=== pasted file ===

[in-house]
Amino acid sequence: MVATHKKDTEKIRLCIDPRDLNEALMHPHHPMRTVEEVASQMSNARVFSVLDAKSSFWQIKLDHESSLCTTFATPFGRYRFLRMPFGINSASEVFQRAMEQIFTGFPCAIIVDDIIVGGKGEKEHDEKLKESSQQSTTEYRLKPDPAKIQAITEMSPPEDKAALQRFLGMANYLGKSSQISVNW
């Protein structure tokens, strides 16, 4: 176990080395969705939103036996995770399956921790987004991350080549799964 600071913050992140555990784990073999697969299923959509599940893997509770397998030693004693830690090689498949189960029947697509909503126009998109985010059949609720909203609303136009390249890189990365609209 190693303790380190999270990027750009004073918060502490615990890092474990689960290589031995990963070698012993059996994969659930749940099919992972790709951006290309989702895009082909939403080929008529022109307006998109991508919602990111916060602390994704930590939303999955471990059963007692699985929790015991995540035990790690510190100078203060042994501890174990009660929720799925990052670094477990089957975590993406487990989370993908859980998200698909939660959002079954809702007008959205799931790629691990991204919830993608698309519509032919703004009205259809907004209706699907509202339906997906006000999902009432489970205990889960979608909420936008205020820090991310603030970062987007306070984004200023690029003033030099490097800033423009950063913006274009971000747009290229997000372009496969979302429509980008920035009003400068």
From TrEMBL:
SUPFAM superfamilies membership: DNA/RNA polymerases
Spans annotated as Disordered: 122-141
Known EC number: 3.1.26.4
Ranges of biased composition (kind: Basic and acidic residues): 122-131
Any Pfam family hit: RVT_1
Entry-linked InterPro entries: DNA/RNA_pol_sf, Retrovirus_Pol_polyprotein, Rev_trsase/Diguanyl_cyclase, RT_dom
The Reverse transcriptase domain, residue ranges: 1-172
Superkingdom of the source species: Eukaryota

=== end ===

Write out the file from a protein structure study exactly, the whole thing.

[in-house]
Amino acid sequence: MVATHKKDTEKIRLCIDPRDLNEALMHPHHPMRTVEEVASQMSNARVFSVLDAKSSFWQIKLDHESSLCTTFATPFGRYRFLRMPFGINSASEVFQRAMEQIFTGFPCAIIVDDIIVGGKGEKEHDEKLKESSQQSTTEYRLKPDPAKIQAITEMSPPEDKAALQRFLGMANYLGKSSQISVNW
């Protein structure tokens, strides 16, 4: 176990080395969705939103036996995770399956921790987004991350080549799964 600071913050992140555990784990073999697969299923959509599940893997509770397998030693004693830690090689498949189960029947697509909503126009998109985010059949609720909203609303136009390249890189990365609209 190693303790380190999270990027750009004073918060502490615990890092474990689960290589031995990963070698012993059996994969659930749940099919992972790709951006290309989702895009082909939403080929008529022109307006998109991508919602990111916060602390994704930590939303999955471990059963007692699985929790015991995540035990790690510190100078203060042994501890174990009660929720799925990052670094477990089957975590993406487990989370993908859980998200698909939660959002079954809702007008959205799931790629691990991204919830993608698309519509032919703004009205259809907004209706699907509202339906997906006000999902009432489970205990889960979608909420936008205020820090991310603030970062987007306070984004200023690029003033030099490097800033423009950063913006274009971000747009290229997000372009496969979302429509980008920035009003400068």
From TrEMBL:
SUPFAM superfamilies membership: DNA/RNA polymerases
Spans annotated as Disordered: 122-141
Known EC number: 3.1.26.4
Ranges of biased composition (kind: Basic and acidic residues): 122-131
Any Pfam family hit: RVT_1
Entry-linked InterPro entries: DNA/RNA_pol_sf, Retrovirus_Pol_polyprotein, Rev_trsase/Diguanyl_cyclase, RT_dom
The Reverse transcriptase domain, residue ranges: 1-172
Superkingdom of the source species: Eukaryota